A weekend op-ed from the Wall Street Journal asks mothers a very interesting question: Why do so many of us not only permit our teenage daughters to dress like this — like prostitutes, if we’re being honest with ourselves — but pay for them to do it with our AmEx cards?
Jennifer Moses, the op-ed’s author, argues that mothers allow their daughters to dress like prostitutes because:
- they regret their sordid sexual pasts
- they don’t want to be hypocrites
- they want their daughters to be “attractive, sought-after and popular”
- they want to live vicariously through their daughters
Moses further argues that not only are teens dressing like sluts, but they’re inevitably acting like sluts because dressing like a slut and being a slut are really one in the same, especially since the mothers of her generation don’t really know how to teach their teens how to keep it in their pants.
So, mothers let their daughters dress likes prostitutes and they, in turn, act like prostitutes as a result.
There are so many problems with Moses’ articles that it’s hard to pinpoint where to start but let’s start with this – during puberty it is completely natural for teenagers to begin seeing themselves as sexual beings and experiment with different ways of expressing their newfound sexuality, like for example, through their dress.
As Morning Gloria at Jezebel points out:
“…teenage girls choosing to present themselves as sexual beings is not the same as actually acting as a sexual being, just as wearing a Miami Heat jersey does not make you Dwyane Wade’s teammate. While clothing sends a message, it does not imply sexual activity…”
Furthermore, if mothers don’t know how to talk to their children about sex, like Moses argues her generation doesn’t know how to do, they better learn or find someone that does. Not letting your daughter dress like a prostitute and then hoping for the best isn’t going to cut it.
Parents need to educate their teens about sex and make their values on the subject clear. Communication is key – not wardrobe inspections.
Lastly, emphasizing the importance of being “attractive, sought-after and popular” teaches teens to not only judge others, but themselves, primarily by their outward appearance. We need to instead teach teens to value themselves and others for their skills, positive attributes, uniqueness, and knowledge.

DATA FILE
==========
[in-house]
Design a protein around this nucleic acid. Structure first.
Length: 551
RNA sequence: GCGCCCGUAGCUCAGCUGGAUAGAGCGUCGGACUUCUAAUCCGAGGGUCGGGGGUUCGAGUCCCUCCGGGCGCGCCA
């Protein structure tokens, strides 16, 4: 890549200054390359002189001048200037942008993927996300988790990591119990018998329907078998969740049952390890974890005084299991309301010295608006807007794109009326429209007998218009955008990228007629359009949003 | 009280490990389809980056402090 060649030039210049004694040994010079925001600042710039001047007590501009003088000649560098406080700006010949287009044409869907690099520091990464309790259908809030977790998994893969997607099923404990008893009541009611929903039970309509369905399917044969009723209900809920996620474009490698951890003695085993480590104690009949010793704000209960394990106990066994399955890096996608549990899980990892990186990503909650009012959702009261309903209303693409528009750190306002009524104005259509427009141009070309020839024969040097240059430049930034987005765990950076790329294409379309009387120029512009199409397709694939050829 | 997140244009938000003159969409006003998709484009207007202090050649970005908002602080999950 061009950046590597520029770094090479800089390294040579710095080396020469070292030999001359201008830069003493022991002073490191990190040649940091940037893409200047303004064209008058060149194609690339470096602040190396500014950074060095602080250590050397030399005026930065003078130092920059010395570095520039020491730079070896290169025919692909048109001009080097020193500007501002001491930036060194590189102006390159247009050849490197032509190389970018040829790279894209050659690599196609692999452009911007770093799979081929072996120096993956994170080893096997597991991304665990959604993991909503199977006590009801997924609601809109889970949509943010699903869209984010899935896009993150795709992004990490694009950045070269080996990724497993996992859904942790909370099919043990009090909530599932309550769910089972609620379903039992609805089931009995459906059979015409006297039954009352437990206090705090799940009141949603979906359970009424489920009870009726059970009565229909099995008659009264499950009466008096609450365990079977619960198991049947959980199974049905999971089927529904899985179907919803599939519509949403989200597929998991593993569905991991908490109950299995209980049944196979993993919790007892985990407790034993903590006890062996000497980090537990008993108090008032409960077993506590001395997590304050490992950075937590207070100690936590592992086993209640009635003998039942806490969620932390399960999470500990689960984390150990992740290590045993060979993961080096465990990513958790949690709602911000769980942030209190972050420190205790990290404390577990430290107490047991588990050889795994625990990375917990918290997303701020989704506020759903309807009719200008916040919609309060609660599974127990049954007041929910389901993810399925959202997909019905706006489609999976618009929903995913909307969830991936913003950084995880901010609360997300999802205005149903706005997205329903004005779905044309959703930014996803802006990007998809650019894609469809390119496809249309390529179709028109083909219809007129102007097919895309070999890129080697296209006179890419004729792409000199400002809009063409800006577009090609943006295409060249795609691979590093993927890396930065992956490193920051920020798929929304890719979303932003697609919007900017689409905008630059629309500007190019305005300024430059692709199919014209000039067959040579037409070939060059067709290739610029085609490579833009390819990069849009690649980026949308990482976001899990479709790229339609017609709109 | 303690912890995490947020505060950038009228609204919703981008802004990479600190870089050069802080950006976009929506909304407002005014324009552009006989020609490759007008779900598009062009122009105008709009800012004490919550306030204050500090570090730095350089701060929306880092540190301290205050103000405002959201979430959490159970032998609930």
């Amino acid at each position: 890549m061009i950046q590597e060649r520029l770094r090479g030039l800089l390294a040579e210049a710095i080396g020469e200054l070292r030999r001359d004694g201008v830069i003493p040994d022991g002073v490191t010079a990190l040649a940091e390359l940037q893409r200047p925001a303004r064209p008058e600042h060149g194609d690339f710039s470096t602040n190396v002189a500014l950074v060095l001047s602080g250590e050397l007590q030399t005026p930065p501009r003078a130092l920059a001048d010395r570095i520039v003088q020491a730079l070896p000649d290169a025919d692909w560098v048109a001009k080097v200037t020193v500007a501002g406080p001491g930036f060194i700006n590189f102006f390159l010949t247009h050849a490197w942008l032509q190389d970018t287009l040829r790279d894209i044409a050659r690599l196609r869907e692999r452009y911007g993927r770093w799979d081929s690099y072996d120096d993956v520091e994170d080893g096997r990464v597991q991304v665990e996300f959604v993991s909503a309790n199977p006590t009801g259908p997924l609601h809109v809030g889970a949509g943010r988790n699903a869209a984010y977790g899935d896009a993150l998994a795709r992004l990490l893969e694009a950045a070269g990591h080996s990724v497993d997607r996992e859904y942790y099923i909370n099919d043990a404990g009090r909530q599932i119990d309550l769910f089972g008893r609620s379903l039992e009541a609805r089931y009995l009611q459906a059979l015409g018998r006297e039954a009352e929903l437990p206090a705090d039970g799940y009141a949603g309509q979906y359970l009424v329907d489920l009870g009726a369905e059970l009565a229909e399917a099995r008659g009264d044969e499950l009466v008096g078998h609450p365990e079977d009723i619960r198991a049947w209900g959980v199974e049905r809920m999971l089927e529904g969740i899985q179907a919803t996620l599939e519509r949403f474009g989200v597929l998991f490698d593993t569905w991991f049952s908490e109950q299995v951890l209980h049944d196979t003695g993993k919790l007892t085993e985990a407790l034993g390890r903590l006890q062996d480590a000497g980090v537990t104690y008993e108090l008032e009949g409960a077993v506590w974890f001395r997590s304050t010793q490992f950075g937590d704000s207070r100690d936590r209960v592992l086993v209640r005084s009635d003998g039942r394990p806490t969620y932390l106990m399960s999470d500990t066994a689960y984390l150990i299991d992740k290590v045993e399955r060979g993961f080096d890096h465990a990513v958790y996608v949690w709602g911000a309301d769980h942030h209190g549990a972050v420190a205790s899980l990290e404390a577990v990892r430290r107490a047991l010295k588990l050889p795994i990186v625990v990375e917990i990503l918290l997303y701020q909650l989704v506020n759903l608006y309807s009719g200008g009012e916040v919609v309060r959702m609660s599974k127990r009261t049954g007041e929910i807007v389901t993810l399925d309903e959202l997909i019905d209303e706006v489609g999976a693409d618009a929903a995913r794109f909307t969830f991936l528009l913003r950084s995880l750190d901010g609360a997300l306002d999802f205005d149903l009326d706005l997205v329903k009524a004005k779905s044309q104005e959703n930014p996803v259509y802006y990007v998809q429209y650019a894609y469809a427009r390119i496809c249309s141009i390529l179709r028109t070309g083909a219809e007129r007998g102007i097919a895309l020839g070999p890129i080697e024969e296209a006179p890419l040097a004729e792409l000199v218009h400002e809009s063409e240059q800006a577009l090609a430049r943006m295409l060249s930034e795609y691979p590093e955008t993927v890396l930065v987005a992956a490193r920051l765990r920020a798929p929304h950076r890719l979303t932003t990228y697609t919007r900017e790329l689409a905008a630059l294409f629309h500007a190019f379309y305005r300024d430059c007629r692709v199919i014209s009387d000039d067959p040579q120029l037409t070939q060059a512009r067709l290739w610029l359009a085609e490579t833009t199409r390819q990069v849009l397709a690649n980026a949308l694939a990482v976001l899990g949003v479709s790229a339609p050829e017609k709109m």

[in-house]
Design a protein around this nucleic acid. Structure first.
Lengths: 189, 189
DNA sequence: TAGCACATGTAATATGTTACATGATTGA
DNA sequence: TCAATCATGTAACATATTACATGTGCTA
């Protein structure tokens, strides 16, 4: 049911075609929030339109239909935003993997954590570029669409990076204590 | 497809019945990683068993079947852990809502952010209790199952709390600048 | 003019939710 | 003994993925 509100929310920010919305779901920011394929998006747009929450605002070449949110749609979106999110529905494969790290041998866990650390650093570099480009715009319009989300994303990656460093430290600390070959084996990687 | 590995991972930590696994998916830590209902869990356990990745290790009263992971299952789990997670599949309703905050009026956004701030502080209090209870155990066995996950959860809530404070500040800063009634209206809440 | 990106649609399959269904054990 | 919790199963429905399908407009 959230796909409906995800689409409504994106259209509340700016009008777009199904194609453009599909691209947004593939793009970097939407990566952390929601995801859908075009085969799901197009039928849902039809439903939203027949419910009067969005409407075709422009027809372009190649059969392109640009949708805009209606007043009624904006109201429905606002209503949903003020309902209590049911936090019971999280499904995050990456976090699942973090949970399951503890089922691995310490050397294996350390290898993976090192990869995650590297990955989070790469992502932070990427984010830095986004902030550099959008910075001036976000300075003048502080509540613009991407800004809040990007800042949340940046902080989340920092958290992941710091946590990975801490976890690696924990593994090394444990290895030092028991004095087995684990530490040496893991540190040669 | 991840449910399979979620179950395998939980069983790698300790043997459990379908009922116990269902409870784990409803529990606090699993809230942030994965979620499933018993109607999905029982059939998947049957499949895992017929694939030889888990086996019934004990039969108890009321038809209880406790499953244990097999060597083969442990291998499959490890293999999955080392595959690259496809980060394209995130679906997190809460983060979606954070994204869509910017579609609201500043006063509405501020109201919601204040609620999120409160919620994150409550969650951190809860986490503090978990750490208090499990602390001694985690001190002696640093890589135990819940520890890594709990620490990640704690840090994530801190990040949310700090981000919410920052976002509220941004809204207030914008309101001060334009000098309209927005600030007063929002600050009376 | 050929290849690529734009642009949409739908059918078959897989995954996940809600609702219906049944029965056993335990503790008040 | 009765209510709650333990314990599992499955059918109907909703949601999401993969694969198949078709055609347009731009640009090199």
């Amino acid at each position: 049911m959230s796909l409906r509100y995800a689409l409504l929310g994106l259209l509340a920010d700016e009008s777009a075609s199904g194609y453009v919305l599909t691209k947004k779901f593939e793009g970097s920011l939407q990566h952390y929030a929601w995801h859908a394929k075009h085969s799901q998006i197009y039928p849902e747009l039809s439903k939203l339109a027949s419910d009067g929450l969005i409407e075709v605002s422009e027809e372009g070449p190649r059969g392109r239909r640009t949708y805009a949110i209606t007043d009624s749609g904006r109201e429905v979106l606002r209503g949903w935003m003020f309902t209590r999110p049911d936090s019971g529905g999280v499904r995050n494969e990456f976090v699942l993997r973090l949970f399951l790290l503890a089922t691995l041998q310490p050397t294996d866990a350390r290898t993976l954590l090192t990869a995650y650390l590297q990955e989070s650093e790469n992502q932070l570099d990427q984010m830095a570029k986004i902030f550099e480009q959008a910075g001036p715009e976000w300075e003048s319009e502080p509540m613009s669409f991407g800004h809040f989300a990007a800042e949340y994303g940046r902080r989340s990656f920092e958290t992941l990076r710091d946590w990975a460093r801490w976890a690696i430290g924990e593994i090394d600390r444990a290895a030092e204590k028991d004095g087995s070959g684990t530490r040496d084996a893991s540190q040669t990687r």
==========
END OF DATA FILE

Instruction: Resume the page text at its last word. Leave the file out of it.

The bullying epidemic of today is driven by the notion that being “attractive, sought-after, and popular” is of utmost importance. Imagine if teens judged their peers for what’s on the inside instead of the outside?
As someone who doesn’t have any daughters yet but one day hopes to, I’ll leave you the hopes Mary Elizabeth Williams over at Salon has for her daughters:
As they grow up, I don’t want my own tween daughters to ever believe that their sexuality is a performance, or that how they feel about themselves and their partners is tied to how provocative they look or act. I want them to value themselves and their peers — to not judge other girls as skanks, to not view boys as those creatures whom they have to guard against at all times. I want them to believe that their sexuality isn’t something to be afraid of, to be doled out stingily and grudgingly. I want them to know it’s not the length of your skirt that matters; it’s what’s going on between your ears. And I wish someday for my daughters — and their friends, both the girls and the boys — what plenty of us not named Jennifer Moses have been able to achieve: a lifetime of healthy self-esteem, varied experiences and zero regret.
I could not agree more.
Related from Care2:
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